In Canada, the forest is school

Did you know there’s a school for children between three and five where they spend most of the time in the natural surroundings and not in the classroom?

It’s called ‘Hand in Hand’ and it’s in British Columbia, Canada. It’s part of the Forest School Canada project, which aims to group schools in this country in which children have regular access to a natural setting, either in parks, gardens or nearby forests. Some schools do it once a week, while others, like this one, make a habit of it.

This is a living class where there are no chairs, only logs, and no pencils, but sticks. The children spend three hours a day with their teachers in nature. Through art, music, games and other physical activities, they relate to the environment around them.

The school has two central cores:
Ecology: children interpret the landscape by exploring routes in nature. They experience the sights, sounds and smells and express it in drawing, songs or dance.
Adventure education: through practical activities like teamwork or cooperative playing, children develop skills in communication, cooperation, trust and problem solving. The children can make connections between these activities and the ones they do at home.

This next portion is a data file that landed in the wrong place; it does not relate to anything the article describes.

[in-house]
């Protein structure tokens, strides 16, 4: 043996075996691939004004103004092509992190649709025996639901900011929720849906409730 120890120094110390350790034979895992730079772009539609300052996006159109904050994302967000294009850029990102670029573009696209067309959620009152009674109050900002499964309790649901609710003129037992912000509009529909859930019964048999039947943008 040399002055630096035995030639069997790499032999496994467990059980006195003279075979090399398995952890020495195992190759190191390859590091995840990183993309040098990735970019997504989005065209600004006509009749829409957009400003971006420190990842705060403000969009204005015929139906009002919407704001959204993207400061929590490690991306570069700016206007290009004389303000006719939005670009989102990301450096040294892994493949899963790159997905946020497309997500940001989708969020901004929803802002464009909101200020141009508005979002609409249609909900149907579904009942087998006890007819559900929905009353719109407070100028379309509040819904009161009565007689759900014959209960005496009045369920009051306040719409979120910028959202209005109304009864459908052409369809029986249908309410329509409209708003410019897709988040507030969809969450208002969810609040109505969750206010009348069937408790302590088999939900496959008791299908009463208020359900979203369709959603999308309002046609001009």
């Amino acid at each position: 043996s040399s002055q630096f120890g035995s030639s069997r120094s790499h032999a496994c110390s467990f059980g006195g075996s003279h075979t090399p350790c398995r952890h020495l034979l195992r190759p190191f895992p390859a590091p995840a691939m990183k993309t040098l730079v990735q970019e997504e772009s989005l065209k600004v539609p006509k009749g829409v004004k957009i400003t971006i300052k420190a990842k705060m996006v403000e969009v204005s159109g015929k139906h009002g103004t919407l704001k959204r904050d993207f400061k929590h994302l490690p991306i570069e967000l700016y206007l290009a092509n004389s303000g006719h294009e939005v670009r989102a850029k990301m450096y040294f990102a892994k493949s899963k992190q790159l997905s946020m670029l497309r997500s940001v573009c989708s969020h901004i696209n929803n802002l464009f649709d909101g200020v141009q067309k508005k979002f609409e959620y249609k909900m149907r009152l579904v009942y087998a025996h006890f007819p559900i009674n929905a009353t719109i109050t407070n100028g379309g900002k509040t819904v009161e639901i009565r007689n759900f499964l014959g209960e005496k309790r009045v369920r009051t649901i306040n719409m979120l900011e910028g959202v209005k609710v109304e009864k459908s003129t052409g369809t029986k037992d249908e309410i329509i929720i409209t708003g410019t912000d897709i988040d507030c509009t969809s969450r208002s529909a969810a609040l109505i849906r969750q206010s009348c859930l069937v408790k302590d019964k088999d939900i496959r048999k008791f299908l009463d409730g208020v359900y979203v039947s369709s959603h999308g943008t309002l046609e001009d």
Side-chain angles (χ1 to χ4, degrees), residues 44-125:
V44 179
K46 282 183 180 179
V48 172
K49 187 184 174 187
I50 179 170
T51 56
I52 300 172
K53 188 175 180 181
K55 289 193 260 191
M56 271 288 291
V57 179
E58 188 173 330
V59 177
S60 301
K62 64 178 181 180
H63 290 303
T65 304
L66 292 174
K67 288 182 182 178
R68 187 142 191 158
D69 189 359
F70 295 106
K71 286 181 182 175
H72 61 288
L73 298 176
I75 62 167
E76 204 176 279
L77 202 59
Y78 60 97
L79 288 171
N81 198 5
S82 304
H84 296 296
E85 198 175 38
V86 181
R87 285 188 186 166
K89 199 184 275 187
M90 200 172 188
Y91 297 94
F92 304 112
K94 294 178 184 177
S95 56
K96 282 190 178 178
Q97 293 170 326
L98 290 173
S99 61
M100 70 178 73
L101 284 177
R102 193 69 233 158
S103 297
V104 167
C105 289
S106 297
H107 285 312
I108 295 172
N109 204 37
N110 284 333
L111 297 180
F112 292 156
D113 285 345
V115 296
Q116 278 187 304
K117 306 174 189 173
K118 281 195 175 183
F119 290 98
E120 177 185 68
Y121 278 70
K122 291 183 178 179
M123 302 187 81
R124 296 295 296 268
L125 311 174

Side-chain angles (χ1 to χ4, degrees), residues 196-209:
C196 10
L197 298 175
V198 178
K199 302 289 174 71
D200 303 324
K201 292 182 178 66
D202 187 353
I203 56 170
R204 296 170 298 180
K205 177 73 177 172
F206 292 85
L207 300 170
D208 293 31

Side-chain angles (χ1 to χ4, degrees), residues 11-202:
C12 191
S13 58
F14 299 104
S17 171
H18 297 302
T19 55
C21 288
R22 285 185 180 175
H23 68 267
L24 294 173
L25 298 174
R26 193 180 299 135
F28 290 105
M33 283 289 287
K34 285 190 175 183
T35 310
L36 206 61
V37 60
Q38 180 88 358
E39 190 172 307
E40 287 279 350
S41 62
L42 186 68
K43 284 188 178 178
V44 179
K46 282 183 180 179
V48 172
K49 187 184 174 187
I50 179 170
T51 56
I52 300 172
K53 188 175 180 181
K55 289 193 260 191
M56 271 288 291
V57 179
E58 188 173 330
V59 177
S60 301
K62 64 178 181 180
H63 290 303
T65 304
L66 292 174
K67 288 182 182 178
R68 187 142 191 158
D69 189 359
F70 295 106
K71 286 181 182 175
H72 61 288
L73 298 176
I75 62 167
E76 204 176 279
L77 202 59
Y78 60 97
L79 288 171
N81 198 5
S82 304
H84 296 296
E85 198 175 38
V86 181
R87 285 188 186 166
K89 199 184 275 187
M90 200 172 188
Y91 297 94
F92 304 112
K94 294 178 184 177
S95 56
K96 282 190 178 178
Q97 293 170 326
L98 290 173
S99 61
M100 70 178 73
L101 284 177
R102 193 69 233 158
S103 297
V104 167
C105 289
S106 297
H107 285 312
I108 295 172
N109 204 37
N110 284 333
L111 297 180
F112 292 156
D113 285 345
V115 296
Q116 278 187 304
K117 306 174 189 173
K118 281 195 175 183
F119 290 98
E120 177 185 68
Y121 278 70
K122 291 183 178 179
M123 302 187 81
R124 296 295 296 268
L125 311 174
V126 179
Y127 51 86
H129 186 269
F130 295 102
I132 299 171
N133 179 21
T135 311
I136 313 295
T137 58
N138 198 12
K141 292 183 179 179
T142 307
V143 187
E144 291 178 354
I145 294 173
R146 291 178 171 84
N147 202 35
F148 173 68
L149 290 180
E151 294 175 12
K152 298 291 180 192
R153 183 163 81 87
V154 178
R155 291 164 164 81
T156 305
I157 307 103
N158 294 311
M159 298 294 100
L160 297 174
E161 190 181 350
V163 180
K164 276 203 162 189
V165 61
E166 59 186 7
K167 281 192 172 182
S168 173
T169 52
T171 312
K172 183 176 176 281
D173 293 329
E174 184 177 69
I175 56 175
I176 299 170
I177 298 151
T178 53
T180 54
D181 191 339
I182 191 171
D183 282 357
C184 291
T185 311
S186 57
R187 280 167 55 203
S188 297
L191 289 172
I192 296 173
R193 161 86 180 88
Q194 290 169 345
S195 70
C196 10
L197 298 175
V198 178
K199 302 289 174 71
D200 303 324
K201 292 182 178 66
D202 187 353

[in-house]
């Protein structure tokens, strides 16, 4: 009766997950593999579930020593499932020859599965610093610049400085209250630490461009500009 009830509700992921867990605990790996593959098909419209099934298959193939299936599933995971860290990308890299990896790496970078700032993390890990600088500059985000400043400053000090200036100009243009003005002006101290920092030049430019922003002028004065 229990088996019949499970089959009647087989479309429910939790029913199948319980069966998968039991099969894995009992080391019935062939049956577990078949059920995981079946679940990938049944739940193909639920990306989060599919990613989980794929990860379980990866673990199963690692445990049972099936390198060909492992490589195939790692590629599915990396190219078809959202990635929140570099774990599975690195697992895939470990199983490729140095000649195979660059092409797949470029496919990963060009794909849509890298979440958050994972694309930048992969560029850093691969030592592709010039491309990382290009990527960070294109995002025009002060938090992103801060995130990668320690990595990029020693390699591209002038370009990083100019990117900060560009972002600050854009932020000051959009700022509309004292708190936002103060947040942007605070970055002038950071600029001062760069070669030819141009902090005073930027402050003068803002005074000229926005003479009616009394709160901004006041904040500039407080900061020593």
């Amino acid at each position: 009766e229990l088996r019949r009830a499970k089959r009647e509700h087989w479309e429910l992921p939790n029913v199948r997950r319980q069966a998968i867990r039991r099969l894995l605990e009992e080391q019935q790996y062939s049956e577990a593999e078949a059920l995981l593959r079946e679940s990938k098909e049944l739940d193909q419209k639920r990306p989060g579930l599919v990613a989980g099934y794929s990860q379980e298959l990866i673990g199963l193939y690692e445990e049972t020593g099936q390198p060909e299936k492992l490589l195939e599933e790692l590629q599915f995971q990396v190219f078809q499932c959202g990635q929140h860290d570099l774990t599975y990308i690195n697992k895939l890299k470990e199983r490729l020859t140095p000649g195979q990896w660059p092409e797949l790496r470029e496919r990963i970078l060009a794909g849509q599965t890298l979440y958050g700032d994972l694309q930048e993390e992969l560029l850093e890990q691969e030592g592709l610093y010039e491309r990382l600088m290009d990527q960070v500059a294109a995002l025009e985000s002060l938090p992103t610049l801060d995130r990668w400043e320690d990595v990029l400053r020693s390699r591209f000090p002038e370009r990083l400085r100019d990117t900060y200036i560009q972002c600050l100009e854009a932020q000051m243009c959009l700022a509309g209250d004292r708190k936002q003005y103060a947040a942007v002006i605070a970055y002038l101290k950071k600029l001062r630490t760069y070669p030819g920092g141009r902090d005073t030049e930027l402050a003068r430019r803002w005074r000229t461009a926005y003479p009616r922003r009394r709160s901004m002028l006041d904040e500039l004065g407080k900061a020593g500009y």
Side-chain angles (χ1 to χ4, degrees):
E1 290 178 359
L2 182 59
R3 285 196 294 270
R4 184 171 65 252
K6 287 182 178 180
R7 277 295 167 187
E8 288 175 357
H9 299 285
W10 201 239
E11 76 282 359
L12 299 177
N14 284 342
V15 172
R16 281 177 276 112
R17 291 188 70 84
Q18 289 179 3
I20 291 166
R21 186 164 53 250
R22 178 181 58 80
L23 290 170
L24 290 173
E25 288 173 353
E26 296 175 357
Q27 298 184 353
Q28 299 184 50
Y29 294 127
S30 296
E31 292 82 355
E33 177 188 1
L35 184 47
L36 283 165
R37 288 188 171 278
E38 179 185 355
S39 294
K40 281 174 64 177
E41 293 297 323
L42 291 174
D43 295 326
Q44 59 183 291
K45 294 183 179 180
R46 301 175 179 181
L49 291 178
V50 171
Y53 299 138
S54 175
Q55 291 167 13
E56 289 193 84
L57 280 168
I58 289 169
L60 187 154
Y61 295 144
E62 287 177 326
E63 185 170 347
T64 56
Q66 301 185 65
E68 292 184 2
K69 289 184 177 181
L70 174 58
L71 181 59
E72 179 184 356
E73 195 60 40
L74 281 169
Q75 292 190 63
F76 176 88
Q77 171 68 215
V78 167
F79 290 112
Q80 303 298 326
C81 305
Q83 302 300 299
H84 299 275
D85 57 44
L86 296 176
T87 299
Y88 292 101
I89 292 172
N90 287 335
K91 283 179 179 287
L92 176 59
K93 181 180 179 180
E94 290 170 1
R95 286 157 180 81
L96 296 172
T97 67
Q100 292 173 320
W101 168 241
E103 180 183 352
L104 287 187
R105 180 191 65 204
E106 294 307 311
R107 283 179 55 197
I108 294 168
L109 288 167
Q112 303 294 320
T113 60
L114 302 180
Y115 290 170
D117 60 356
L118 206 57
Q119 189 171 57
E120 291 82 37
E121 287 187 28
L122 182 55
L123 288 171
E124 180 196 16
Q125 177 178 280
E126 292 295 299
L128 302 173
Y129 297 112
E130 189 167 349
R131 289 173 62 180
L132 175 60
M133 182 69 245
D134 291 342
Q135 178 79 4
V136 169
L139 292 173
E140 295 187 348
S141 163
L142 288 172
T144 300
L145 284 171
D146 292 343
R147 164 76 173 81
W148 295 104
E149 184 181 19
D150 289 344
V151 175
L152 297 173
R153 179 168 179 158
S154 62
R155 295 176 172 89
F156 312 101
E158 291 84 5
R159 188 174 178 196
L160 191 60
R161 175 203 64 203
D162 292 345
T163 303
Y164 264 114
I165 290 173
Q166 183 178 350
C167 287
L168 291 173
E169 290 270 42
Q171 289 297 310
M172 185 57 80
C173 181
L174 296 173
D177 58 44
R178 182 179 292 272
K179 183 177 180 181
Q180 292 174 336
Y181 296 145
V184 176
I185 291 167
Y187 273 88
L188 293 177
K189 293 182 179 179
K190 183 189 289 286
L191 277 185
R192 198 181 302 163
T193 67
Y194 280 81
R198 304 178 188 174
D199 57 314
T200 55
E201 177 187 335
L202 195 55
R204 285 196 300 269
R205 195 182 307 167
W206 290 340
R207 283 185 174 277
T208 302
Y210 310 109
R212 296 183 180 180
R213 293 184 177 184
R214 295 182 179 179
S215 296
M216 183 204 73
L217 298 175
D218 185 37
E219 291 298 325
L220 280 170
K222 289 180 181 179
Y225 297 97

The activities vary according to the time of year and the weather. The children only attend an indoor school if there’s a wind alert, as for them there’s no bad weather, just bad clothes! Activities also vary according to what happened the night before (fallen trees, visits by animals) and, especially, the children’s interests!

And what resources or tools do they use to learn with? The list is very varied. The children use binoculars to watch birds, magnifying glasses for the plants and nets for some animals. They also draw and walk. All without forgetting the songs, rhythms, games, stories or puppets.

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